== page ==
The type of government Ancient Egyptian was theocracy. This means they worshiped a single person as a God; and primarily being the Pharaoh.
Religion was a major part of Ancient Egyptians’ lives. Their faith was so engrained in them that it was more of a lifestyle than a set of beliefs. The Egyptians practiced polytheism, or the worship of many gods, and they believed that their pharaoh was a god on Earth (Doc 3). The people worshipped the pharaoh and gave him all respect and power. They believed that their two main goals in life were to keep the pharaoh and the other gods happy and to live a good life so that they may enjoy a happy life after death. Their shared faith strengthened their society because everyone was working toward the same goal. Groups were not divided based on what god they worshipped. Instead, the fact that every person lived to please the same gods and wished to go to the same afterlife gave them something in common and brought them together as a community. Sumerians also practiced polytheism and believed that their priests were connected to the gods. The people thought it was their responsibility to keep the gods happy, and believed that if the gods were pleased, they would allow their people to be content as well (Doc 6). Because of their desire to please the gods, Sumerians performed every task to the best of their ability. For example, they invested lots of time and money into their ziggurats, or temples, because they only wanted to give their best to the gods. The Sumerians’ devotion to every task ensured that everything was done well and helped their civilization
Mesopotamian and Egyptian religions shared two key similarities: polytheism and priestly authority. The religions in Mesopotamia and Egypt were both polytheistic. Their religions were polytheistic because Mesopotamians and Egyptians could not explain many things in that occurred in their lives. Therefore, they assumed that there are different gods for everything. This means that the religion had many gods for different things. In Egypt and Mesopotamia, priests were part of the upper class and were very important in the daily lives of civilians. Priests were part of the upper class because they were thought to have the ability to communicate with the gods. In Mesopotamia, the priests held the highest authority in the religious structure. Egyptian priests were not as powerful in government as Mesopotamian priests were, but they still had significant power. Egypt’s highest religious and military leader was encapsulated in the position of pharaoh. The pharaoh was at the top of all social classes and was considered to be a god-like figure.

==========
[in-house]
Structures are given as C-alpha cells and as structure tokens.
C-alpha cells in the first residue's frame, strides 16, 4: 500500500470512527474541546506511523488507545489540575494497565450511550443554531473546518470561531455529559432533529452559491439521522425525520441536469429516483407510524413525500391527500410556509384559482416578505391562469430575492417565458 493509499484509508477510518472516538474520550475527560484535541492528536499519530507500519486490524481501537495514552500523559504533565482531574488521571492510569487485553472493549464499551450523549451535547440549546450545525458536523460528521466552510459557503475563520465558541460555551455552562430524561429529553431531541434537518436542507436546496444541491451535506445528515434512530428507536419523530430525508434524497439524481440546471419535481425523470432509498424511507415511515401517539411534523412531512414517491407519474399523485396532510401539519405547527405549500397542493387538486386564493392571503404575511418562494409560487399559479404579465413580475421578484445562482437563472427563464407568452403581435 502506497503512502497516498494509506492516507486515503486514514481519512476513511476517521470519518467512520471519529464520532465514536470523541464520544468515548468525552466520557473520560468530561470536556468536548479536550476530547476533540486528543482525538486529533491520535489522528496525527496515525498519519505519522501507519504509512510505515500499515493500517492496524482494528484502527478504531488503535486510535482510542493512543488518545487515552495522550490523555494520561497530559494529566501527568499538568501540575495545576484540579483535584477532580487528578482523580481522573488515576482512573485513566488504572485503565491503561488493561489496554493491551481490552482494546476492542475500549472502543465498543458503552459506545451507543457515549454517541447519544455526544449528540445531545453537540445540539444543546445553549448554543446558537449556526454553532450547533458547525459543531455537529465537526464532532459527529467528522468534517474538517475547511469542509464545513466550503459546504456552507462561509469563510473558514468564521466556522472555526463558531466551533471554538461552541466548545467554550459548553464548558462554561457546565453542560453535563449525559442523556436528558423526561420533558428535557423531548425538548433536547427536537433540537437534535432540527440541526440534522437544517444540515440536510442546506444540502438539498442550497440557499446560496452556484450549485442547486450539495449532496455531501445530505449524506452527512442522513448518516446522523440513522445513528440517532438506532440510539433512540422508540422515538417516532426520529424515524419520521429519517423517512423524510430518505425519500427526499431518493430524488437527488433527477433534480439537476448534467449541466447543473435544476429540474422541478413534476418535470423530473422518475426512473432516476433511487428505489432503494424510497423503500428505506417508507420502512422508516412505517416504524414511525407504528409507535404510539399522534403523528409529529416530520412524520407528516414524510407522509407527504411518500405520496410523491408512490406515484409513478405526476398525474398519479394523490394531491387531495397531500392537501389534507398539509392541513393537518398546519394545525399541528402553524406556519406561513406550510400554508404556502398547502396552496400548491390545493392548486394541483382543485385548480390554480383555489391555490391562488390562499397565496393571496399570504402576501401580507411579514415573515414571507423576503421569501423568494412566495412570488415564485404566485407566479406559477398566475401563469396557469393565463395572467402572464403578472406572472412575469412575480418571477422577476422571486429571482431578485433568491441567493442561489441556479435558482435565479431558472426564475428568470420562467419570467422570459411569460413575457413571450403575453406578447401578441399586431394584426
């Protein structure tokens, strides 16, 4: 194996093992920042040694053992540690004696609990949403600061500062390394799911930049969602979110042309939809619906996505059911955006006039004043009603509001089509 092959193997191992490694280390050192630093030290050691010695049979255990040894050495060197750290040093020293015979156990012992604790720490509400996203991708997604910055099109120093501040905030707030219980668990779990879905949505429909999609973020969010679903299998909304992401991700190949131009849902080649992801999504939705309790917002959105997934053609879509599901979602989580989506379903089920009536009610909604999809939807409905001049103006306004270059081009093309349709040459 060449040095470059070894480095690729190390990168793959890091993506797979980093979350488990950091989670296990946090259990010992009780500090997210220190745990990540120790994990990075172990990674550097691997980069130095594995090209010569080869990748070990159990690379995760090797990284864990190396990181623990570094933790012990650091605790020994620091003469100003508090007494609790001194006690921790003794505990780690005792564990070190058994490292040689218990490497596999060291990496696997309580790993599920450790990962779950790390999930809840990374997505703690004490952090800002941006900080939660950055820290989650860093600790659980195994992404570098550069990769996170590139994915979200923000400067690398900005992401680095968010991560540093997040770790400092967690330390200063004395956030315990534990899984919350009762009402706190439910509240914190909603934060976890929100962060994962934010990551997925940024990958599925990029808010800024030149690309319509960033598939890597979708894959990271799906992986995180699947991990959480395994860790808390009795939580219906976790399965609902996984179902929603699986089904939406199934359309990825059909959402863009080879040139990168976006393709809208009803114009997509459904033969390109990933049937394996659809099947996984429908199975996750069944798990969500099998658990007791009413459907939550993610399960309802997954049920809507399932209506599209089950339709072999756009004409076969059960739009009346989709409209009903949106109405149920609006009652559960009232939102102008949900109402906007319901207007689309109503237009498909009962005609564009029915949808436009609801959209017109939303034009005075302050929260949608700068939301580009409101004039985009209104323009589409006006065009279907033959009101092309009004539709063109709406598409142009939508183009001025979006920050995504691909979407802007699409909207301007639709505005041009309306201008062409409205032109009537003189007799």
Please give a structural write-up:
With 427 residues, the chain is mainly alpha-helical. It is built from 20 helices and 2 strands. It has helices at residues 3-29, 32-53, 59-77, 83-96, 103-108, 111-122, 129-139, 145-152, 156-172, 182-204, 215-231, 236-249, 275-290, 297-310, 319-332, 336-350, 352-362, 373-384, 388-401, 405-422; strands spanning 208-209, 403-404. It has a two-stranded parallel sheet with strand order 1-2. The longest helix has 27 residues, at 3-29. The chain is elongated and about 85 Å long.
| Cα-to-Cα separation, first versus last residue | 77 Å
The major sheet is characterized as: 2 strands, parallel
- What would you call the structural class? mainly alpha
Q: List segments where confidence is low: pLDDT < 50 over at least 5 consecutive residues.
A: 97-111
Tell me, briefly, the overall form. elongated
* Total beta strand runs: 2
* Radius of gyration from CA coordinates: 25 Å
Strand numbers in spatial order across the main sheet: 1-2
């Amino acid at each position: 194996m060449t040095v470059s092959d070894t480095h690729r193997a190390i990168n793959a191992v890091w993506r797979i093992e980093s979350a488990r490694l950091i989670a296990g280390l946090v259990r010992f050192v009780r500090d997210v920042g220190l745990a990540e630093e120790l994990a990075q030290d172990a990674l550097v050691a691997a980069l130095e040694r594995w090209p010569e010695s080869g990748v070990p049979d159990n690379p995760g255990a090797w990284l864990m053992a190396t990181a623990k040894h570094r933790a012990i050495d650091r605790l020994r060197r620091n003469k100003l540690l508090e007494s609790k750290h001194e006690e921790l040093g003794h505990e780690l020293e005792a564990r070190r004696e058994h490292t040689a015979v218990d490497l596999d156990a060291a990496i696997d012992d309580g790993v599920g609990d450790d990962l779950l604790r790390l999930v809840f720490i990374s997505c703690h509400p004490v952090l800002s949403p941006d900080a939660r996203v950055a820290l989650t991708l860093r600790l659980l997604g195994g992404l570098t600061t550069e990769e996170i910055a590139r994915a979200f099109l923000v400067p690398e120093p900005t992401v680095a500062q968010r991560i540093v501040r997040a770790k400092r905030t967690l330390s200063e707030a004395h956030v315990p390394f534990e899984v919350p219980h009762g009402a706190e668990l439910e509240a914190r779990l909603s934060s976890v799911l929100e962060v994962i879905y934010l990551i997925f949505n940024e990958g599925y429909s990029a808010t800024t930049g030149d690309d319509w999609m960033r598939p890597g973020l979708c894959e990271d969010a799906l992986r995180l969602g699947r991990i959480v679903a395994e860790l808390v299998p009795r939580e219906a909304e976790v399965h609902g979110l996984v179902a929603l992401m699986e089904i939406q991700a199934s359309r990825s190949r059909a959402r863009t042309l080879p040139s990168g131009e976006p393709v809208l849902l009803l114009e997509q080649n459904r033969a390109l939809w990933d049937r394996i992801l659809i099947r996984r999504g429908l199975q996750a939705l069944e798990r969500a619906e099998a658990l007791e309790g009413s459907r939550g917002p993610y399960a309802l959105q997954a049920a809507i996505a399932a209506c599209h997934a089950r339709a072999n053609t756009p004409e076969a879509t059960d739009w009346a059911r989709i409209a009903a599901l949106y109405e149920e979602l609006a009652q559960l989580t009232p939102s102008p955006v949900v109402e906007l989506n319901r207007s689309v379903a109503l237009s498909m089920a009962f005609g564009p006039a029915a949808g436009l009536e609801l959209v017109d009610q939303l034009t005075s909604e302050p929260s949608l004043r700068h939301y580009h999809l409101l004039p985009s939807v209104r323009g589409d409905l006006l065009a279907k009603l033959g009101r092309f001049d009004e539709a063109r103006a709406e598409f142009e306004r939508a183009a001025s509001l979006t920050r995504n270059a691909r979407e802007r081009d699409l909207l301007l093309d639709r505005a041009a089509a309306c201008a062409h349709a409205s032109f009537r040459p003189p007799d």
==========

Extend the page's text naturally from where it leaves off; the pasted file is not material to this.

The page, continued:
I have chosen to discuss the civilizations of Mesopotamia and Egypt. Both have many significant similarities and differences. I would like to compare some important points in four common categories. I will compare and contrast the geography and its impact, the political structure of each society, the importance of their existing class structures and finally the role of women in these dynamic civilizations.
The Egyptian and Roman civilizations had a very similar social hierarchy and government system even though they existed in vastly different eras. During their separate reins of power both Egypt and Rome ruled their geographical areas unprecedented. These two empires grew quickly through technological advances, military might, and strong economies. Their reins would come to an end eventually however they left their mark in history through the written language, government, religion, and the construction of magnificent structures that still exist until this day.
Egypt’s culture was one of the most diverse and religious cultures of its time. Much of early Egyptian culture was based around the flooding of the Nile and the nutrients it brought for them to farm. The river was their oasis in the middle of one of the harshest environments. It was this that helped them to become a very hardened and capable society that could withstand the tests of time. Their religion also reflected their hard steadfastness since it was of their own creation. Other than a few of the well known gods of creation each village and town in Egypt had a different set of gods. With each place having the freedom to do what they wanted with the religion they could “personalize” it to suit their individual needs. Egyptian people realized that they were not perfect, this fact is clearly represented in their religion and mythology. It was also seen in their religious art, such as on the walls of pyramids, that they believed that the deceased would be judged in the afterlife for what they did. This judgment would dictate wether or not they wo...